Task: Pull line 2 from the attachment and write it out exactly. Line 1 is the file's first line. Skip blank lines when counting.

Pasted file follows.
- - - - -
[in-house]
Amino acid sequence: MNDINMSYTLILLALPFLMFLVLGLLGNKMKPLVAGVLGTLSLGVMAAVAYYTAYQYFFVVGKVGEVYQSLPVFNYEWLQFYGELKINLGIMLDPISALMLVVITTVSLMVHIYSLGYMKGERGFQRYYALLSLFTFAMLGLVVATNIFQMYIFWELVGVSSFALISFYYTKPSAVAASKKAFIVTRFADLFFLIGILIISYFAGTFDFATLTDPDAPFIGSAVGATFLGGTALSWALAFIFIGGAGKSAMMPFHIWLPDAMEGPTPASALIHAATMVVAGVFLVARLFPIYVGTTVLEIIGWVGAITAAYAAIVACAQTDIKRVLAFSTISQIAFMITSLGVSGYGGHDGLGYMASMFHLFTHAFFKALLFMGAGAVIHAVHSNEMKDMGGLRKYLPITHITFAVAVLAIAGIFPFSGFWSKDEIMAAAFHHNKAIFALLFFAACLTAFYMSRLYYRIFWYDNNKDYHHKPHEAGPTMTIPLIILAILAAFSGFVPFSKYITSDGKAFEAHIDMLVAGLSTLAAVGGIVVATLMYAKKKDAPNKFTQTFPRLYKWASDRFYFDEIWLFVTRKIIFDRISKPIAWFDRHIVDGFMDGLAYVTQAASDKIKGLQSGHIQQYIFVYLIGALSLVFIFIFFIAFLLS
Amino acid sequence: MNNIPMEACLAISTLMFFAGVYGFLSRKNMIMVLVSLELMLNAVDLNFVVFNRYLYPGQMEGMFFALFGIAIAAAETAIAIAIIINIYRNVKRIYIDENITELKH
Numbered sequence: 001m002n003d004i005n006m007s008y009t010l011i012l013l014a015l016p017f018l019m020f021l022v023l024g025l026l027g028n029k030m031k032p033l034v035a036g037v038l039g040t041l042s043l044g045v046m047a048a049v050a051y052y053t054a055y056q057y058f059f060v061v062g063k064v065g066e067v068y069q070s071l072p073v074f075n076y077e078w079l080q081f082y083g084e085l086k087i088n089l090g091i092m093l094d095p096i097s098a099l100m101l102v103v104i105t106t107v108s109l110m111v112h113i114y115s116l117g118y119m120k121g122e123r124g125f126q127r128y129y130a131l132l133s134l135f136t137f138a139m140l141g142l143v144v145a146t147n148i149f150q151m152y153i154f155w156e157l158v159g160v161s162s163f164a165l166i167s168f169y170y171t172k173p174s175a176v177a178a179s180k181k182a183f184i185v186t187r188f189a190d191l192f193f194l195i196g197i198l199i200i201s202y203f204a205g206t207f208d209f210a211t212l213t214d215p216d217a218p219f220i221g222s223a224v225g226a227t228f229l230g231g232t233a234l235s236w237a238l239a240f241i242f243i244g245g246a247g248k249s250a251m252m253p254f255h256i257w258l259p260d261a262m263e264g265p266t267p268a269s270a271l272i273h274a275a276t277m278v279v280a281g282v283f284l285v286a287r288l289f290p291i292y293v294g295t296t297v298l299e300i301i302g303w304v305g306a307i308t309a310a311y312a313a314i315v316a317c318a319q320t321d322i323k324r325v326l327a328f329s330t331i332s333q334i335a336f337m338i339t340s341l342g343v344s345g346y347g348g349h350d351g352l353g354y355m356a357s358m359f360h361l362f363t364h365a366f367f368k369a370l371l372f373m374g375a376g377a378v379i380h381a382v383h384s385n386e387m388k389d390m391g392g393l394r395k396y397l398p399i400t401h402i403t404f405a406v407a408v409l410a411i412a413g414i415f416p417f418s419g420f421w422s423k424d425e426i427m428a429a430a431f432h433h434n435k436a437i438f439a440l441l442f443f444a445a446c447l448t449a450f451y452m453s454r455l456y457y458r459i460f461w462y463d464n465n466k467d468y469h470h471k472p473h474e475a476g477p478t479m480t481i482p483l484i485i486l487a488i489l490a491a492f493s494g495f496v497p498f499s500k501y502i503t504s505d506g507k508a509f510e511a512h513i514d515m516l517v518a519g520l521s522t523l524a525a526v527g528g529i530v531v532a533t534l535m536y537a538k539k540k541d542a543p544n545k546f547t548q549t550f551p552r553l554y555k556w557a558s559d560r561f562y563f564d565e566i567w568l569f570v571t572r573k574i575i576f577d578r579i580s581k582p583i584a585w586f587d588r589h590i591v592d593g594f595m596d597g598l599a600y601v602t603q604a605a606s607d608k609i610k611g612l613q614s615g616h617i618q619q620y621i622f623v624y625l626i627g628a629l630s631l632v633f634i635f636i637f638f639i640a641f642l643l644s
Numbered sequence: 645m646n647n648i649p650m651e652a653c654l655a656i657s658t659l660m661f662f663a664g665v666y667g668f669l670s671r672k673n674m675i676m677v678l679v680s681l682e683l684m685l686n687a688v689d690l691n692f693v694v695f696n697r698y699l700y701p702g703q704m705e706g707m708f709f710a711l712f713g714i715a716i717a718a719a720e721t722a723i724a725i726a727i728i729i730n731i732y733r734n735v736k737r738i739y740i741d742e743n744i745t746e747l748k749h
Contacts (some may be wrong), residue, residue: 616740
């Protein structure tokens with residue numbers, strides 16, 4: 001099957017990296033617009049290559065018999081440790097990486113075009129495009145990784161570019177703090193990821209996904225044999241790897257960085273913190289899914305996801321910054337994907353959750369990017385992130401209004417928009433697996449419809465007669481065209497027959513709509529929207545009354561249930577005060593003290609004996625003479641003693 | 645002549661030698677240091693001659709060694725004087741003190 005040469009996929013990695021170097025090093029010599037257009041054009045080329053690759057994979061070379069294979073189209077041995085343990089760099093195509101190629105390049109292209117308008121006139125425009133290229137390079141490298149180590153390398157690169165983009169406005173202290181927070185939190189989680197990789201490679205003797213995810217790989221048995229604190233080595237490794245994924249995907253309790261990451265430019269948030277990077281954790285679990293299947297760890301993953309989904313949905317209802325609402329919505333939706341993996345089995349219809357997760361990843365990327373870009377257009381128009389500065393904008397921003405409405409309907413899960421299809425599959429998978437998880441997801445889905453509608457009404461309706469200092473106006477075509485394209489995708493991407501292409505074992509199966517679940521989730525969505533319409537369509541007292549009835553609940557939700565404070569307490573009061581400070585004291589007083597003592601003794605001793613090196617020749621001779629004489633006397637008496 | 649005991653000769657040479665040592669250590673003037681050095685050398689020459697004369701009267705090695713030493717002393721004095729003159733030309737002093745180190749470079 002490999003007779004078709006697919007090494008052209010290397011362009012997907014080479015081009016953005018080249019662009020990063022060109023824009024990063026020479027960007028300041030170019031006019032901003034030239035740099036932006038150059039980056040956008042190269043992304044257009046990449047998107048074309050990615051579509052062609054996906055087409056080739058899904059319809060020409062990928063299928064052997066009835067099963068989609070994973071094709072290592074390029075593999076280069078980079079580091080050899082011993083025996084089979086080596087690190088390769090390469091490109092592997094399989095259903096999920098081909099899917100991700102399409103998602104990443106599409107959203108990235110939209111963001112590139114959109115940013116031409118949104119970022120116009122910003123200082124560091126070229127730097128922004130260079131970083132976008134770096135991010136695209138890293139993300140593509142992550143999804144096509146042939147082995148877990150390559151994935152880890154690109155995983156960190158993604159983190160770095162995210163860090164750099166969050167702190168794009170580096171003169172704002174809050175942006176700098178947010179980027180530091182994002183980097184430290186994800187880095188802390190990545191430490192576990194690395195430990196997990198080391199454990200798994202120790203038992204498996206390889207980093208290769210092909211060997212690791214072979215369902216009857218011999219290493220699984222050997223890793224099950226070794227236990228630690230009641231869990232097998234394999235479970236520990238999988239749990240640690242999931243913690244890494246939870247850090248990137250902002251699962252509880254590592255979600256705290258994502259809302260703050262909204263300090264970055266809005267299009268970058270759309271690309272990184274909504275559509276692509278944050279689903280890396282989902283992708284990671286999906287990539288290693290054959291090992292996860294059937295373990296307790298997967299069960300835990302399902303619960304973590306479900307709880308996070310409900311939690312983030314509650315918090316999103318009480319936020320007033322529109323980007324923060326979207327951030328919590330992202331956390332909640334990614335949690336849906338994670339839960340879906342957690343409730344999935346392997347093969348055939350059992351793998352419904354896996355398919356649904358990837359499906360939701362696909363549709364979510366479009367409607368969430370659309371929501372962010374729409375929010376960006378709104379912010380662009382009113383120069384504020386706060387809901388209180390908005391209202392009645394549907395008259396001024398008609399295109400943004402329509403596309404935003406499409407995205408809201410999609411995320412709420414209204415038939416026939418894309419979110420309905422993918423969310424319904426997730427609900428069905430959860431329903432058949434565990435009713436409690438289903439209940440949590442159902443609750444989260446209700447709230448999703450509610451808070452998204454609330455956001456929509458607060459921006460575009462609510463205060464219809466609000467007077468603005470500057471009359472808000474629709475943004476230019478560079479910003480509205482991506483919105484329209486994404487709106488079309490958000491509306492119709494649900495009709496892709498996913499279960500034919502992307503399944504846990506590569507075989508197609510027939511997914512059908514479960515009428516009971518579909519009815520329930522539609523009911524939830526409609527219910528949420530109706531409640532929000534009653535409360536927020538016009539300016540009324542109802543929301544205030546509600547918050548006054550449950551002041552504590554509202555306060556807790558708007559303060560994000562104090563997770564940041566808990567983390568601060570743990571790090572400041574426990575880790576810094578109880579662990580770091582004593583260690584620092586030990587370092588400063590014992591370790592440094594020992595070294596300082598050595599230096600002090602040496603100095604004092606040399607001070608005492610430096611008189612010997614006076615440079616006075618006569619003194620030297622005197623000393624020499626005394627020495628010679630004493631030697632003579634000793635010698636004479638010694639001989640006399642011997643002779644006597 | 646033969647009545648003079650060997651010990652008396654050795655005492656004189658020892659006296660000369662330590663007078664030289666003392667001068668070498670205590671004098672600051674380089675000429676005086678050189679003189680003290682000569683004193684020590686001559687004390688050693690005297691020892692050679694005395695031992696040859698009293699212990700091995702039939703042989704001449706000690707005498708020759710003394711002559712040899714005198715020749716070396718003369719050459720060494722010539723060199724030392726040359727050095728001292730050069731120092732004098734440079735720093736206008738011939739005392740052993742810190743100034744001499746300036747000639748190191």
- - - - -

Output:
Amino acid sequence: MNDINMSYTLILLALPFLMFLVLGLLGNKMKPLVAGVLGTLSLGVMAAVAYYTAYQYFFVVGKVGEVYQSLPVFNYEWLQFYGELKINLGIMLDPISALMLVVITTVSLMVHIYSLGYMKGERGFQRYYALLSLFTFAMLGLVVATNIFQMYIFWELVGVSSFALISFYYTKPSAVAASKKAFIVTRFADLFFLIGILIISYFAGTFDFATLTDPDAPFIGSAVGATFLGGTALSWALAFIFIGGAGKSAMMPFHIWLPDAMEGPTPASALIHAATMVVAGVFLVARLFPIYVGTTVLEIIGWVGAITAAYAAIVACAQTDIKRVLAFSTISQIAFMITSLGVSGYGGHDGLGYMASMFHLFTHAFFKALLFMGAGAVIHAVHSNEMKDMGGLRKYLPITHITFAVAVLAIAGIFPFSGFWSKDEIMAAAFHHNKAIFALLFFAACLTAFYMSRLYYRIFWYDNNKDYHHKPHEAGPTMTIPLIILAILAAFSGFVPFSKYITSDGKAFEAHIDMLVAGLSTLAAVGGIVVATLMYAKKKDAPNKFTQTFPRLYKWASDRFYFDEIWLFVTRKIIFDRISKPIAWFDRHIVDGFMDGLAYVTQAASDKIKGLQSGHIQQYIFVYLIGALSLVFIFIFFIAFLLS